6. White doves used for release during ceremonies (i.e. weddings or funerals) are actually white homing pigeons, but they don’t all make it back home; some suffer from car and window strikes or hungry hawks.
  7. Domesticated birds, including white homing pigeons, cannot fend for themselves in the wild.
  8. Birds need a dark quiet place to rest and relax for several hours before being looked at for treatment; this reduces their anxiety.
  9. Birds being cared for in the clinic need a towel placed in front of their cage so they don’t see what’s going on in the clinic; this also reduces their anxiety.
  10. Baby ducklings need to be warm during the first few weeks after they hatch and can be kept in a box under a brooding lamp.
  11. According to the Migratory Bird Treaty Act of 1918 (MBTA), it is illegal to collect bird feathers or nests of protected species without a permit.
  12. It’s easier to catch and weigh a bird (not including Raptors) by covering their head with a light weight towel or wash cloth; they are more calm when they can’t see what’s going on around them.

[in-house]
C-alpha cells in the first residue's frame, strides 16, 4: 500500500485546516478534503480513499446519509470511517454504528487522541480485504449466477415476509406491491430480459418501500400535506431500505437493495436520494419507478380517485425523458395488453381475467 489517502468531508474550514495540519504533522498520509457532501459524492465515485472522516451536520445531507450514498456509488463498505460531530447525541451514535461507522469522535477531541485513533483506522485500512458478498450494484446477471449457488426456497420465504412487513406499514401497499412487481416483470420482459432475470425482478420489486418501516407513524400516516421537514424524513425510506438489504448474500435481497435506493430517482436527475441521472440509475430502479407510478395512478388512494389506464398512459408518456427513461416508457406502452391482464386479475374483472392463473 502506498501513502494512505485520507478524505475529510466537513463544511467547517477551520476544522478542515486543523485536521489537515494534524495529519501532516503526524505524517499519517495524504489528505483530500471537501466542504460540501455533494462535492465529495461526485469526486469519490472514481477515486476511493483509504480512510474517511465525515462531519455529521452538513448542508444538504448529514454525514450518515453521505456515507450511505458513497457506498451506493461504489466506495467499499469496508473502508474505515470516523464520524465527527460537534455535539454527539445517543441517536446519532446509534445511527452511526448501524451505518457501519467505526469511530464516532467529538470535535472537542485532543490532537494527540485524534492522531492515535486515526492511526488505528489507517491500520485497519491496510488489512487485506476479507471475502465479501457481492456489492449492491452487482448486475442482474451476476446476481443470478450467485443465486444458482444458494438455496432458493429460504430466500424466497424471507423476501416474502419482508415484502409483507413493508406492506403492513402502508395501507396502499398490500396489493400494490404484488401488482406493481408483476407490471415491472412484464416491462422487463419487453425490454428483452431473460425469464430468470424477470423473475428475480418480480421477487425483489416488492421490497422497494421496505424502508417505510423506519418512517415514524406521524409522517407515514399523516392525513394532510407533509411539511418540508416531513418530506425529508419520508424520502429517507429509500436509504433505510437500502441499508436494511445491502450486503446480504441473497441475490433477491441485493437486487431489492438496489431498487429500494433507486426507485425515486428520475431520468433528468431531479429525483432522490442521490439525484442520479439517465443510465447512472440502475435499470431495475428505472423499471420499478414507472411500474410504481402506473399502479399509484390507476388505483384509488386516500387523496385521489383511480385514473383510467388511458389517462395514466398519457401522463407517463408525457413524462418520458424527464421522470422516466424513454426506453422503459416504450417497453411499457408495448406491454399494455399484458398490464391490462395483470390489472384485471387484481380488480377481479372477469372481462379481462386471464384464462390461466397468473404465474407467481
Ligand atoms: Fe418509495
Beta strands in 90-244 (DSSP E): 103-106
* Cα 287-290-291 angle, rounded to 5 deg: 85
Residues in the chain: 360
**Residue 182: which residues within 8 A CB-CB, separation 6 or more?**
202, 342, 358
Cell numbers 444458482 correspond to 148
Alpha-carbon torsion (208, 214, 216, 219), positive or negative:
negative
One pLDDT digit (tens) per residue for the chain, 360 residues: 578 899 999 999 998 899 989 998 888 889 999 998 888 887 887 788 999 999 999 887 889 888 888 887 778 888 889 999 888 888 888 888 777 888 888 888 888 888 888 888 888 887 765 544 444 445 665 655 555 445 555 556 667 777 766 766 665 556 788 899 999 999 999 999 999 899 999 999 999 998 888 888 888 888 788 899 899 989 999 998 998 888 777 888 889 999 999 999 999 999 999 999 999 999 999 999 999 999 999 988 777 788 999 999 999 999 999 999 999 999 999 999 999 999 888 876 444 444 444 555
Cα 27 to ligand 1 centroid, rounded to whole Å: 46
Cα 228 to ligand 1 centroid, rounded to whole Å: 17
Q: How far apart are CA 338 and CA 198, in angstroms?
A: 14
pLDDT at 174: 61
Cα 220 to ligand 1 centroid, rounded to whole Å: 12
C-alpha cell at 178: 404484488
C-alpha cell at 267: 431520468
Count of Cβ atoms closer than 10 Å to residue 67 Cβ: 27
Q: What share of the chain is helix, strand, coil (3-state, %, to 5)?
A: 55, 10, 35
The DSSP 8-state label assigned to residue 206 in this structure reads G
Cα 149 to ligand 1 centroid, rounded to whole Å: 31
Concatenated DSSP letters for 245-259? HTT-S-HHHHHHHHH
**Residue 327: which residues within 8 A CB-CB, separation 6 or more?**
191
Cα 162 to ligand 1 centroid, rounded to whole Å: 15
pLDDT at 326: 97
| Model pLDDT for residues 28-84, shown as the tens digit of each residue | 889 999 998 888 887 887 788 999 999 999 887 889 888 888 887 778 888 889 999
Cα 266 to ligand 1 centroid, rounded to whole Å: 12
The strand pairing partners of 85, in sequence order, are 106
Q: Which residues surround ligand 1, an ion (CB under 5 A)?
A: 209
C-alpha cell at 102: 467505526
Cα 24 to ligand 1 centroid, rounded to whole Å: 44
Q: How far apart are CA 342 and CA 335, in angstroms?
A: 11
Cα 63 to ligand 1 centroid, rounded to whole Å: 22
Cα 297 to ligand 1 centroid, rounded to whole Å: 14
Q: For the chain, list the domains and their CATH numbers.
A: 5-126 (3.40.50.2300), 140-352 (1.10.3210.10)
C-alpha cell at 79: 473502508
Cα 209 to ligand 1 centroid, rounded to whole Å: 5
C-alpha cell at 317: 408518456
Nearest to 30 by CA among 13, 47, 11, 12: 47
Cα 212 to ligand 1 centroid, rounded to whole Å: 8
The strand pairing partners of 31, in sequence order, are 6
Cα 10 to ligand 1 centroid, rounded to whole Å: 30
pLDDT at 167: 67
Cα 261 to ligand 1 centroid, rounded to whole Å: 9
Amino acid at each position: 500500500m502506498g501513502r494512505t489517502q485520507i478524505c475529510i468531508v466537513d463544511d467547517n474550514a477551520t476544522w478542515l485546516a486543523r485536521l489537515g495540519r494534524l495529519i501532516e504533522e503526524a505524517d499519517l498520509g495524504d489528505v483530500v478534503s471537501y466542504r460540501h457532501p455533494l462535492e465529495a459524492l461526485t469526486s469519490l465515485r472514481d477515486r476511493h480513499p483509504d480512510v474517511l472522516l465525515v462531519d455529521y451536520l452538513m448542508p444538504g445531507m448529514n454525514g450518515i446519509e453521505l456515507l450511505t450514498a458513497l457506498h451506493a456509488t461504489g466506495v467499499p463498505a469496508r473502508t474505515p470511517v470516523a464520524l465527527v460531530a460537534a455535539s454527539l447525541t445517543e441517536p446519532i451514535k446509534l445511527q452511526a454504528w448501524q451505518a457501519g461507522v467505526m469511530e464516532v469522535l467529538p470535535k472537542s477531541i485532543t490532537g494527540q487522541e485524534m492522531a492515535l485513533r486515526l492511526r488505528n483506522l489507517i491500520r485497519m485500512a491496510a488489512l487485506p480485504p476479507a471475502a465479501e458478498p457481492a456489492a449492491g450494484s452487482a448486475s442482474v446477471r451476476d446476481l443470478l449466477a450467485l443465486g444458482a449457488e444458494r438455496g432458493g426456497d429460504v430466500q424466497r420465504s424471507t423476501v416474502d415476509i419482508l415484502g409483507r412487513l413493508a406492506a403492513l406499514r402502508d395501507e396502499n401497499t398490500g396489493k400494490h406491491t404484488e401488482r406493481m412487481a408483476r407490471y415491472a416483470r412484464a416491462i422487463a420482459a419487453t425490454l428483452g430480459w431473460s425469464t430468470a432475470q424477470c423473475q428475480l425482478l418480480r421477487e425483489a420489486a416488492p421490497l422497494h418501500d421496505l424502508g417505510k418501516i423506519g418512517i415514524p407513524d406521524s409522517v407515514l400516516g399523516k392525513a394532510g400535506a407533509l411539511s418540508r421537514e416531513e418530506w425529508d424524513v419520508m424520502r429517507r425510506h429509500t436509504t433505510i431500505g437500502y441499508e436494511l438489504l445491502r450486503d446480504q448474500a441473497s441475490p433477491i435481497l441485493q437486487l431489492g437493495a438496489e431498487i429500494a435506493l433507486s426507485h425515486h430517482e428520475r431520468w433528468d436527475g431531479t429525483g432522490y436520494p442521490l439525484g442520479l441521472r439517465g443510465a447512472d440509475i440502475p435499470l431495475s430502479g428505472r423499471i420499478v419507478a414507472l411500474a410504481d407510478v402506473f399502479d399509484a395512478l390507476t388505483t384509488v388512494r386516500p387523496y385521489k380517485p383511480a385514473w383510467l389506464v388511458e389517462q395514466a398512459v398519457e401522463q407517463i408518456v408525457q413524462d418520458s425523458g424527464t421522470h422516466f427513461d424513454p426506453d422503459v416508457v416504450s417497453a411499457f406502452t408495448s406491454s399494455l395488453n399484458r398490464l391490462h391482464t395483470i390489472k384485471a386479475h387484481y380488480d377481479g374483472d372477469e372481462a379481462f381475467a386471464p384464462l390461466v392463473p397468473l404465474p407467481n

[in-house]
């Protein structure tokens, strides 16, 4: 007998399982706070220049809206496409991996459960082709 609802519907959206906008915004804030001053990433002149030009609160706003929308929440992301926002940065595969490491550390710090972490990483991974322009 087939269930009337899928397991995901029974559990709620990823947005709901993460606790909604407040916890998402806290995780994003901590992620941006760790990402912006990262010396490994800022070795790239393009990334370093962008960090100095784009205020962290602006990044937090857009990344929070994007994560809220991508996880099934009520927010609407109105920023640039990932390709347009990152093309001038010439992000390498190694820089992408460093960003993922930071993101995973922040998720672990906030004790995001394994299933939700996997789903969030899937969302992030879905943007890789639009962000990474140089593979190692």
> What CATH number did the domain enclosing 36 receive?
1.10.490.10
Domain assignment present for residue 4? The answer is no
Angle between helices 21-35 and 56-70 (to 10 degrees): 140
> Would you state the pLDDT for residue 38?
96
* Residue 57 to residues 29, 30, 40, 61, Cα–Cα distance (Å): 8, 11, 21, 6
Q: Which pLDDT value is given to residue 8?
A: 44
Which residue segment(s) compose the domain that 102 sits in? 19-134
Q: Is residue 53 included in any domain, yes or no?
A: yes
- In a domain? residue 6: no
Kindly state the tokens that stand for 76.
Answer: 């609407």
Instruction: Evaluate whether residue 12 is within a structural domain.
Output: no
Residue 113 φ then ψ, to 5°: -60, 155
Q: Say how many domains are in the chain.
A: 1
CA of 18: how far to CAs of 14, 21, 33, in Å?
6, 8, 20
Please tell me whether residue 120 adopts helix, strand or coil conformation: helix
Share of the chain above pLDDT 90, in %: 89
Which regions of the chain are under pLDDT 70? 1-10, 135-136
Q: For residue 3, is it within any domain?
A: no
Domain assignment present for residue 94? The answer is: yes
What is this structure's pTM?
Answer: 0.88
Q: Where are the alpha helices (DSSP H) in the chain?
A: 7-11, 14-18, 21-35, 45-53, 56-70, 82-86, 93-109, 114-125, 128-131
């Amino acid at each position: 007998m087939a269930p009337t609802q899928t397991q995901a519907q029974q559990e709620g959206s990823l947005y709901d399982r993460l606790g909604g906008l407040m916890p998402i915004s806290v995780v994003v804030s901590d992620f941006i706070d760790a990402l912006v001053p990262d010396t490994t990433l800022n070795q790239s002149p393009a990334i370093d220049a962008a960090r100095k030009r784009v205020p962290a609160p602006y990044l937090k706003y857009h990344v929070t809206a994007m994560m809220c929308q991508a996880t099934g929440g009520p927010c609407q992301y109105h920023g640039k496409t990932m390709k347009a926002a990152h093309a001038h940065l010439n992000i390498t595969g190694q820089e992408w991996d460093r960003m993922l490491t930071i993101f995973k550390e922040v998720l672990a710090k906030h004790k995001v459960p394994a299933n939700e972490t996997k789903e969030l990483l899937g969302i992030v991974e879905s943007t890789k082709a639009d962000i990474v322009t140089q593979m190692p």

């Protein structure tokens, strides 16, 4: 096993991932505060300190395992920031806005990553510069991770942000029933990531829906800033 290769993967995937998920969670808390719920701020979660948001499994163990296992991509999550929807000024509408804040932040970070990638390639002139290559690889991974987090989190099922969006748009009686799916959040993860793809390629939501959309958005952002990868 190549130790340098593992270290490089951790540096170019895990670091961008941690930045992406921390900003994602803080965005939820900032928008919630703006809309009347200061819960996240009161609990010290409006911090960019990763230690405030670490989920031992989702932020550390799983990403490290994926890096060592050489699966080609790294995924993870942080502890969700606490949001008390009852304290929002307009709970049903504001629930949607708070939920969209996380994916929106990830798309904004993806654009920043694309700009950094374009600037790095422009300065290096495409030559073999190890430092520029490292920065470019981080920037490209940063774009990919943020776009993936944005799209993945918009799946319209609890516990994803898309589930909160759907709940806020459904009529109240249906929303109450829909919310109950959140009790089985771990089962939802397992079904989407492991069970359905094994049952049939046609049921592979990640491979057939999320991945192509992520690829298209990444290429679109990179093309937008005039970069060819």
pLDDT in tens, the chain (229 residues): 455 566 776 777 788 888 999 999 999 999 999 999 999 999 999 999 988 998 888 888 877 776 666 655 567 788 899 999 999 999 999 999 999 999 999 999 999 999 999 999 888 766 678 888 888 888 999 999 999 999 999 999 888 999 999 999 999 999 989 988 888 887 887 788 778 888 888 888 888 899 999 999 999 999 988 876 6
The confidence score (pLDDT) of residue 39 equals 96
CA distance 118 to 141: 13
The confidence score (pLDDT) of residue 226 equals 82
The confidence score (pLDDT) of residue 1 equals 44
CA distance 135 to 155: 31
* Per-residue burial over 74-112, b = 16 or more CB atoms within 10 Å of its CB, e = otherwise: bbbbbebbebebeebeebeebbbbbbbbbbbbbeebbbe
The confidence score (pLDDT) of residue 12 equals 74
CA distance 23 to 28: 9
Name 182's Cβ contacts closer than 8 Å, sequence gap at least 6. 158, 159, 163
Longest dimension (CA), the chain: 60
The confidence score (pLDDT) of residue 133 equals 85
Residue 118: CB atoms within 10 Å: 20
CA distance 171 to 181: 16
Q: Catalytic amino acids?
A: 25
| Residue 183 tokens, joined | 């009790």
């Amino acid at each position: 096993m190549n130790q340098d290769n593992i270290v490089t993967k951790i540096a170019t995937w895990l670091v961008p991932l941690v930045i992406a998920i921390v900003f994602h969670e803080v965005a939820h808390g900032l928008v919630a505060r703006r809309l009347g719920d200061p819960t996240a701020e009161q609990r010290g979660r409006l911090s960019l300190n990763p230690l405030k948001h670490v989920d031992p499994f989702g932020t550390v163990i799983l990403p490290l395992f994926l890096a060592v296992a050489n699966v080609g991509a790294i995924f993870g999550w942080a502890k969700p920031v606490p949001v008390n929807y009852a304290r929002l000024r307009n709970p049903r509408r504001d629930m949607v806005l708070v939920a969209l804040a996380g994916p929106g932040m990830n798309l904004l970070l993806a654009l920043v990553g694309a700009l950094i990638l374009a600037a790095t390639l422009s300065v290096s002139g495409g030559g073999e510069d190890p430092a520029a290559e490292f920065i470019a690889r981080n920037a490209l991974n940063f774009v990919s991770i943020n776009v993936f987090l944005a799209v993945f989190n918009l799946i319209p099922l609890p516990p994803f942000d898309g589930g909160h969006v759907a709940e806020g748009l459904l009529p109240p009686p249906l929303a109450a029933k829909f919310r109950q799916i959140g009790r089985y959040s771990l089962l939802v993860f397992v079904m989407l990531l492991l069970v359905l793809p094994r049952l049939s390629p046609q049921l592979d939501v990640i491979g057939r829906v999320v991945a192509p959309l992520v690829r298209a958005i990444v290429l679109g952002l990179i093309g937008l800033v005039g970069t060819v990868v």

13. 33% of injured birds are cat-caught, meaning they are injured because they were caught by a house cat in the area.
  14. Birds abandoning their babies after being handled by humans is a myth; birds don’t abandon their babies if handled by humans (i.e. placed back up in the nest they fell out of).
  15. Caretakers must go to great lengths to avoid imprinting young birds because birds that have imprinted on humans are unsuitable for release back into the wild.

Haven’t had the chance to volunteer for a wildlife rescue facility?  Take a look at my personal experience  and see if this doesn’t have you seeking out an opportunity for yourself!